The US Treasury Secretary said a few days ago that despite the broad support for the OECD inclusive framework work-plan more work needed to be done by “dealing with technicalities of how we turn this into an agreement”.
Other US Treasury members shared their technical positioning with more detail in different forums.
The summary of their positioning is that looking forward they only see one potential economic method to recognize the value of the NTR (New Taxing Right), which is the Modified Residual Profit Split, consisting in allocating a portion of the MNE residual profit, only when there is such, and based in an allocation key.
In return to this “extra” NTR the market countries should provide in their view much more certainty on tax positions to MNEs. US Treasury therefore suggest a safe harbor to compute routine profits, factual based analysis to define a “normal return” attached to the NTR and a mandatory arbitration to be accepted by the market countries when discrepancies arise on the factual base output.
In essence, their formula equals:
“Modified Residual Profit Split + Safe harbor + Mandatory arbitration”.
A fundamental point of their perspective is that the profit shift resulting from any new technical rules should be rather rational/modest and never mean a deep change if agreement is to be achieved.
Since years ago, they have frontally opposed any measure that singles out just digital companies from a tax perspective in the international taxation world, and they think their current view of the potentially only acceptable solution (the “formula”) would be wider applying to more industries.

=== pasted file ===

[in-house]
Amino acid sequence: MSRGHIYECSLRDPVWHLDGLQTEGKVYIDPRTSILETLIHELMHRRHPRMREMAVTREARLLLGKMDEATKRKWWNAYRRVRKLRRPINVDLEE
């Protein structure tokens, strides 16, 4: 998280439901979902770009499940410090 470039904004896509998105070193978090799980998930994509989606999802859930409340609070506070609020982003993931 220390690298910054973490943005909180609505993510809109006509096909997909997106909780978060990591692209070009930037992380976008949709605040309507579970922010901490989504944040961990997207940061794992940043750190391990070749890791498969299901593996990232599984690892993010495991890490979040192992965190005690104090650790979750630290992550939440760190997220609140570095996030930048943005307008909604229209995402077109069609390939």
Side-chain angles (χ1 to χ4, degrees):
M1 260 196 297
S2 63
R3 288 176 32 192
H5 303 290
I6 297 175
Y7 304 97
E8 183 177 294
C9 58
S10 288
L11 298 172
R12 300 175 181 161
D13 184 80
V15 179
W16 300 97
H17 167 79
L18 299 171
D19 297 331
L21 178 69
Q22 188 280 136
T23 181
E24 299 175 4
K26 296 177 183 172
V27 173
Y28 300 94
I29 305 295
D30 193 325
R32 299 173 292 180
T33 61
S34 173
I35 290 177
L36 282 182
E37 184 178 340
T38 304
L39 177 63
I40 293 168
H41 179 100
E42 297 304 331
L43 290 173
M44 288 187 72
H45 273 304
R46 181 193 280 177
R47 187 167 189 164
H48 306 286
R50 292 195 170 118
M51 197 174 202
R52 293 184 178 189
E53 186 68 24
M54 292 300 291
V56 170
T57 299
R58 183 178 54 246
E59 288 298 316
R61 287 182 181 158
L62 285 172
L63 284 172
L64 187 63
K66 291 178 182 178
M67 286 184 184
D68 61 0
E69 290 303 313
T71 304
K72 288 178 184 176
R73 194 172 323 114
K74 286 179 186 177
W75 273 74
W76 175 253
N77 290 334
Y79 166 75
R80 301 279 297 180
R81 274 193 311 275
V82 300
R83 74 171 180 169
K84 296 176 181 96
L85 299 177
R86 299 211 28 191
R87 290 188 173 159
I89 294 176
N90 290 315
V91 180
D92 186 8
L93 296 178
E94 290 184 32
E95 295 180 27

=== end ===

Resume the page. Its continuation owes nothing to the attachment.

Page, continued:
Many of the voices coming from the US are expressing that the general view around this relevant topic is that any revenue shift should be modest, and get in return a more predictable, sustainable model that provides certainty to multinationals. On the “shift size” topic, it remains to be seen the position of other countries that were affected by the dual condition of some MNEs extreme TP policies and the fast changes in economy and business models due to digitalization (the beyond BEPs factors). Other countries are actually more in favor of different economic methods.
leaving aside the “technical formula”, another question, is not in respect to
the “modesty” of the numbers, but of the scope, which is strongly connected to
the political debate.
Small changes one after the other can finally digest a deep international reform, but knowing how difficult is reaching consensus in a 129 countries club each time now, how different and evolved the economy trade & commerce will look like in 10 years, and the pace of change and economic cycles, the fundamental question about this formula is if we really want an option that is not a semi-structural solution, but a “modest” evolution of the current system that will still lack behind.
What is very welcome is that the US is also endorsing a level of simplification measures as part of this exercise.
We consider the cross-industry application as logical and something clear since early BEPs action 1 stages (pervasive nature of digitalization in the economy). But fast measures have to be taken to ensure appropriate representation of different vertical industries private sectors stakeholders in the strong pace of this debate to avoid further decision-blocks in late 2020 December because of this.